A poem of protest

On Wednesday, 19th February there was a day of peaceful, national protests against the French company, Atos SE, a multinational IT services corporation which has received millions of pounds from the UK Government for contracts to carry out public services, including a £500 million contract with the Department for Work and Pensions to carry out Work Capability Assessments of disabled people in receipt of State Benefits to ascertain if they are fit enough to work.  Disabled people who fail the tests have their Benefits withdrawn. There have been thousands of incidences of Atos wrongly assessing disabled people as fit enough to work and the company has been severely criticised in the media, in parliament, by the Church, medical doctors, a Public Accounts Committee and protest groups, yet it continues to be awarded British government contracts worth millions of pounds.  Work Capability Assessments carried out by Atos, have, outrageously, found people with terminal cancer, brain damage, severe multiple sclerosis and Parkinson’s Disease fit for work and withdrawn their State Benefits, often their only source of income.  There have been hundreds of incidences of people dying shortly after Atos had declared them ‘fit for work’ and there have also been suicides clearly linked to erroneous decisions made by Atos.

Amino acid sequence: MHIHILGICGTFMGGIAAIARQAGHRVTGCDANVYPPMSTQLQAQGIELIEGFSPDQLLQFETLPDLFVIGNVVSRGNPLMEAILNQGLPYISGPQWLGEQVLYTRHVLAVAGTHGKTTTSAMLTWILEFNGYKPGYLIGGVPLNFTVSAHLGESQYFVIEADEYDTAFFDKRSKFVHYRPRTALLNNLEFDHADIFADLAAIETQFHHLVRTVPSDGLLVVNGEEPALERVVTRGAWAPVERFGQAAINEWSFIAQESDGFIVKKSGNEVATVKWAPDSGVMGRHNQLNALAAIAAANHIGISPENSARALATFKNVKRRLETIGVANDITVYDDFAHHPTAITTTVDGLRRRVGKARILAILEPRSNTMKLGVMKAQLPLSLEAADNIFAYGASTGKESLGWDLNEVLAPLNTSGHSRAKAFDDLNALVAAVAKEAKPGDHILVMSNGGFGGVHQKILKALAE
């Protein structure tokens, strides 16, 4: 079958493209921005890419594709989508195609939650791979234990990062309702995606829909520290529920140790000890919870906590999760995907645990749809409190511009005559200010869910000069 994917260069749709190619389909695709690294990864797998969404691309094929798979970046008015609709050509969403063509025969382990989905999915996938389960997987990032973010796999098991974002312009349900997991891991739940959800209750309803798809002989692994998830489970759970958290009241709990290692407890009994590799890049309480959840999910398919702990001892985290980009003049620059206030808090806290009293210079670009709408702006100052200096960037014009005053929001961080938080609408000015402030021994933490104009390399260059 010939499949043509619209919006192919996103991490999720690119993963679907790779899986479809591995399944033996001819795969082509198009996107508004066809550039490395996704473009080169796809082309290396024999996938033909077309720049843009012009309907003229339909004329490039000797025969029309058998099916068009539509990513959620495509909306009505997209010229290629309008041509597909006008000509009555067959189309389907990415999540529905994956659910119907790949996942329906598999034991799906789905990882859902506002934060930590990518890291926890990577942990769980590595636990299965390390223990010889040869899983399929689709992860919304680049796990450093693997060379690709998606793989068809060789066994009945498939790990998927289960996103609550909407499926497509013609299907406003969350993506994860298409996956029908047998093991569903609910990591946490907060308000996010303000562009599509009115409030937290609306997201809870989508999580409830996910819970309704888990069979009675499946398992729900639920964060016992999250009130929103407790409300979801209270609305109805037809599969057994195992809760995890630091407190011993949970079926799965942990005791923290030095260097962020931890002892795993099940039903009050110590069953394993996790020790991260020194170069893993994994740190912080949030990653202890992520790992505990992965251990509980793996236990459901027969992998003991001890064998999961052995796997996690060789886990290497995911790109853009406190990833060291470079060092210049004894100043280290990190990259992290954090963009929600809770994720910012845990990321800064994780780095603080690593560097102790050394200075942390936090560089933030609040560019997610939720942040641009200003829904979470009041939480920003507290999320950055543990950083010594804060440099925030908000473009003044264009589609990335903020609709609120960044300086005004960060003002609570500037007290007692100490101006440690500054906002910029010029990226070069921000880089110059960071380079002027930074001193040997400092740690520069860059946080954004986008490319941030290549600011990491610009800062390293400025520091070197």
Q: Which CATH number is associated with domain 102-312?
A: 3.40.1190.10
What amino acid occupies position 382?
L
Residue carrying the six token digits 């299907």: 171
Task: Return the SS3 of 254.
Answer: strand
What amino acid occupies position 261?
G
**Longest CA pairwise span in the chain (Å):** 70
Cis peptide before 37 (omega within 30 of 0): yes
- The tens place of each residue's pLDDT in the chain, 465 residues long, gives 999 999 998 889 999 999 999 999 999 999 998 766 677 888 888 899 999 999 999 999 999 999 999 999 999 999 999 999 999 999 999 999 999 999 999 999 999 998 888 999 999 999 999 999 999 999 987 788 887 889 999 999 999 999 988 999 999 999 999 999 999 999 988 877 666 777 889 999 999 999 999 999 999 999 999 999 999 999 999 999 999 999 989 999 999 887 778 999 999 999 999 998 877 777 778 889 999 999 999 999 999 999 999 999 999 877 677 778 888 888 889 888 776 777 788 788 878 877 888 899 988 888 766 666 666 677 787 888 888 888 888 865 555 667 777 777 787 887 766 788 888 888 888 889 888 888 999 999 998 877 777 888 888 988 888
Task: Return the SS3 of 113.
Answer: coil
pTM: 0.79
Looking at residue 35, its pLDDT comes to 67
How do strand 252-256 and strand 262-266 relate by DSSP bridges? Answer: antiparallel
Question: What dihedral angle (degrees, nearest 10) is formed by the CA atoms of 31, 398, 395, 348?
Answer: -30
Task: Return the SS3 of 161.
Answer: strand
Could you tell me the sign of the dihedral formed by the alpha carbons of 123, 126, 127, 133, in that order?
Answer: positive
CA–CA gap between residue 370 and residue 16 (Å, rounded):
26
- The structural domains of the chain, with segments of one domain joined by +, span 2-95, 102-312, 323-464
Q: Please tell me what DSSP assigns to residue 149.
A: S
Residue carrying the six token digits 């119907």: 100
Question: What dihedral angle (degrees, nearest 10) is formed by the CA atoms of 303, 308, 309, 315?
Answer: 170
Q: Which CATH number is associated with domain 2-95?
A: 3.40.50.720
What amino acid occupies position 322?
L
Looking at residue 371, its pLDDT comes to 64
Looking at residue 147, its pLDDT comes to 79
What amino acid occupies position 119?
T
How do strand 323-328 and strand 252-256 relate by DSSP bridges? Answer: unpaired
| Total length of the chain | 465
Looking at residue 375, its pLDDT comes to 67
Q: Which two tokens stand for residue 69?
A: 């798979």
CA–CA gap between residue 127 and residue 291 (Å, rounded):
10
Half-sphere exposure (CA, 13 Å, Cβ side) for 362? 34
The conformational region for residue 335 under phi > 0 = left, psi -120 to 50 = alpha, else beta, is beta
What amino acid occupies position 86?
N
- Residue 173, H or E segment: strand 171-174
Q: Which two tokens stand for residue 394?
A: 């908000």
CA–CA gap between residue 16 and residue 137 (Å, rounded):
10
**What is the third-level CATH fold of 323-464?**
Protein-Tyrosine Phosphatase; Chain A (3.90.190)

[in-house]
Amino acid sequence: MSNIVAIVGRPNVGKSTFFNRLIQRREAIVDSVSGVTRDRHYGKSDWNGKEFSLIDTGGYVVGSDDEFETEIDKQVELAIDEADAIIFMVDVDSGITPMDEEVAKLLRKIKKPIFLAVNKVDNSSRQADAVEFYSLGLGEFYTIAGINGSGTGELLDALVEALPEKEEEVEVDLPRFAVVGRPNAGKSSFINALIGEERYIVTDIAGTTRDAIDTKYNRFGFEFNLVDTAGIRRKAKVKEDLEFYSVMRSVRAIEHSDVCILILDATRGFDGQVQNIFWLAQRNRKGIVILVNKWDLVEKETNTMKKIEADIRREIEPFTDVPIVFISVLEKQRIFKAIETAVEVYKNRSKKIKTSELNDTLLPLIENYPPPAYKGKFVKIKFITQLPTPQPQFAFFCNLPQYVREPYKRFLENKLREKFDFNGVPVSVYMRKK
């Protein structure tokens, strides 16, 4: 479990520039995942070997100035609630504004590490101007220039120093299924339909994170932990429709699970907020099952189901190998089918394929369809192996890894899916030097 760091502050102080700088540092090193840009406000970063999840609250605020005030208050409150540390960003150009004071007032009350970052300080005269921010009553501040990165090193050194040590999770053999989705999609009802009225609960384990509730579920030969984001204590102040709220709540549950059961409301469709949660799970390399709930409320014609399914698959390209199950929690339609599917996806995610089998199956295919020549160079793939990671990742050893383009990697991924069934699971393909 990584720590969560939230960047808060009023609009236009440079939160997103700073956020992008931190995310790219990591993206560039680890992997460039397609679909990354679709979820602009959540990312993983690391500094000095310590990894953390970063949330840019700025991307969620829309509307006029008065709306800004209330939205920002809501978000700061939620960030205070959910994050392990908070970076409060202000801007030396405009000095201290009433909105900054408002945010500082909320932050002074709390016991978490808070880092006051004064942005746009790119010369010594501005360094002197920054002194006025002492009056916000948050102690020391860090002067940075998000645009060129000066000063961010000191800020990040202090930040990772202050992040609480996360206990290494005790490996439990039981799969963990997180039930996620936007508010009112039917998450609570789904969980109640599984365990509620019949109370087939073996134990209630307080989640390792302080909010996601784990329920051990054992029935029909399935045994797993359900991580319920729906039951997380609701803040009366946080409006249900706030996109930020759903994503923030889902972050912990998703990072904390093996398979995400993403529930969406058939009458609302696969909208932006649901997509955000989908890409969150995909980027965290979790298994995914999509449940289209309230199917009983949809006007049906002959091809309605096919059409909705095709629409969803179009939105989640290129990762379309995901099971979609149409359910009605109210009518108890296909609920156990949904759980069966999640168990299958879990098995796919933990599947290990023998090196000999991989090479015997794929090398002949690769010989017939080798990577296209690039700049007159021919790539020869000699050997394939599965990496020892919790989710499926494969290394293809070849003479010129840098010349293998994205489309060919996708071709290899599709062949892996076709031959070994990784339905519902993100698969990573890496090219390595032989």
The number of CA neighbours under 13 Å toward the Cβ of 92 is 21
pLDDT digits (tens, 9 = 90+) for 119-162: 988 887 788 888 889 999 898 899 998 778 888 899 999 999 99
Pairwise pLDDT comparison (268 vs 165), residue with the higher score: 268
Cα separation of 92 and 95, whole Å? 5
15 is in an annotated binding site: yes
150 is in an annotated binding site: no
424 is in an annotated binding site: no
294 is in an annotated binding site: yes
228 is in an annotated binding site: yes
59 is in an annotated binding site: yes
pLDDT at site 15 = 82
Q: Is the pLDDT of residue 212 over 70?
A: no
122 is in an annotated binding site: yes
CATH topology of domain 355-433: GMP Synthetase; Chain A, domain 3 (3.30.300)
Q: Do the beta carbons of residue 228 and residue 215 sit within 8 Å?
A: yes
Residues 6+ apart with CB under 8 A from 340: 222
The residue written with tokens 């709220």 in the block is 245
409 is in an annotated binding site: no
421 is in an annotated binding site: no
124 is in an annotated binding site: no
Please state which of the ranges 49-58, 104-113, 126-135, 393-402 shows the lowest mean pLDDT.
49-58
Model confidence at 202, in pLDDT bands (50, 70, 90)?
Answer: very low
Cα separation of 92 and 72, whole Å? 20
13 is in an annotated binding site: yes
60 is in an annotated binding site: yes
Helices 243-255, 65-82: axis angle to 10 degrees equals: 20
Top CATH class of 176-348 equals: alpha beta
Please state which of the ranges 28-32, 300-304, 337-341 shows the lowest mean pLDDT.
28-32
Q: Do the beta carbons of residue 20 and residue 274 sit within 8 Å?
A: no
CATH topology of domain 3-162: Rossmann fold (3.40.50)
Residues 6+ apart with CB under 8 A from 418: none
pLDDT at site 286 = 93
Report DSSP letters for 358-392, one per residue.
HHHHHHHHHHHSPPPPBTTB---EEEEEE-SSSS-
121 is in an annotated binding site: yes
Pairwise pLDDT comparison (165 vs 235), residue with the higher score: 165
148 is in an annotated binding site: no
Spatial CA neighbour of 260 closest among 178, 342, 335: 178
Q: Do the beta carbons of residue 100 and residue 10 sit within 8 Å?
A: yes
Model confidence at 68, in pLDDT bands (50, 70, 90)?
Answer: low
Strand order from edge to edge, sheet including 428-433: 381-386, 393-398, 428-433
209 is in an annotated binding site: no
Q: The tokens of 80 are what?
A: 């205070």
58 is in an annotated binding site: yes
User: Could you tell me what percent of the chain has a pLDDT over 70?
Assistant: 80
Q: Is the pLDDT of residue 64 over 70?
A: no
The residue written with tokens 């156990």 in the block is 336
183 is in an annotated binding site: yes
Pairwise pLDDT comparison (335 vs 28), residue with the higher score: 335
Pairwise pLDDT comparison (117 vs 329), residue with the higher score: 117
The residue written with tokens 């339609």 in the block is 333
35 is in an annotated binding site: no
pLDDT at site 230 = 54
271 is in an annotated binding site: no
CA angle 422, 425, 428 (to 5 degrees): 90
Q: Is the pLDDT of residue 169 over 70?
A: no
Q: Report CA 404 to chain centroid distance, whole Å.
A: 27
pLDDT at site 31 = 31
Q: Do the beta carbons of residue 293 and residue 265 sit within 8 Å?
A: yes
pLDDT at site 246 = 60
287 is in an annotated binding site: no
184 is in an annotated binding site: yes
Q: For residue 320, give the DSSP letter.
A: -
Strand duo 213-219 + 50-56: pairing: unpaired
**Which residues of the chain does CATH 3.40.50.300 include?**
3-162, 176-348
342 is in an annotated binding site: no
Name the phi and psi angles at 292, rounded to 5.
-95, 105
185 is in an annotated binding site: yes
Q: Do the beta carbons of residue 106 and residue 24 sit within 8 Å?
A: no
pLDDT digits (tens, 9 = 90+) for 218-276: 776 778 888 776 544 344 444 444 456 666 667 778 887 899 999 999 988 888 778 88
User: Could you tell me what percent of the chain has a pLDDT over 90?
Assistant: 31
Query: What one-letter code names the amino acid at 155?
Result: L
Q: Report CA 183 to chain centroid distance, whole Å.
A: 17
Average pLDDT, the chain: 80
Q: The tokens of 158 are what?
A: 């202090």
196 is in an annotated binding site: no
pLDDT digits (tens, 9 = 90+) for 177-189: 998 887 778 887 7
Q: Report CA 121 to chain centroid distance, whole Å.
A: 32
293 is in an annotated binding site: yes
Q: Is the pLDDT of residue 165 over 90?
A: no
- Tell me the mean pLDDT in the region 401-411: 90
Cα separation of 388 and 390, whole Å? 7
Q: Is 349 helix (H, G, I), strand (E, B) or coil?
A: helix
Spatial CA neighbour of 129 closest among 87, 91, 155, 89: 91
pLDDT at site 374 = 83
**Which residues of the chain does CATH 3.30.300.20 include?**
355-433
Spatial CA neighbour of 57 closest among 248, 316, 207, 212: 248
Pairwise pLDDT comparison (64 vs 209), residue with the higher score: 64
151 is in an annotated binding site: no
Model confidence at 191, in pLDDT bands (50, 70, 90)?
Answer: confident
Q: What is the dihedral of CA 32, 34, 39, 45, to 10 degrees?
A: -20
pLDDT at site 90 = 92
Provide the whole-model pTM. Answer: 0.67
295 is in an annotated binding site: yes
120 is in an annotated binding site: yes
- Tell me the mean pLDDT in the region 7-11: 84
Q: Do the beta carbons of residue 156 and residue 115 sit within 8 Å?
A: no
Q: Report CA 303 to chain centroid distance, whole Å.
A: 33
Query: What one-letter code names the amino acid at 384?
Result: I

I am able-bodied but my father was disabled and I was raised in a family entirely dependent on State Benefits for income.  I wrote a poem ‘I never thought of you being fit or unfit’ in memory of my Dad and in support of the protest against Atos. With thanks to Hilda Sheehan and Michael Scott at Amaryllis for publishing my poem which you can read here.

Atos poem

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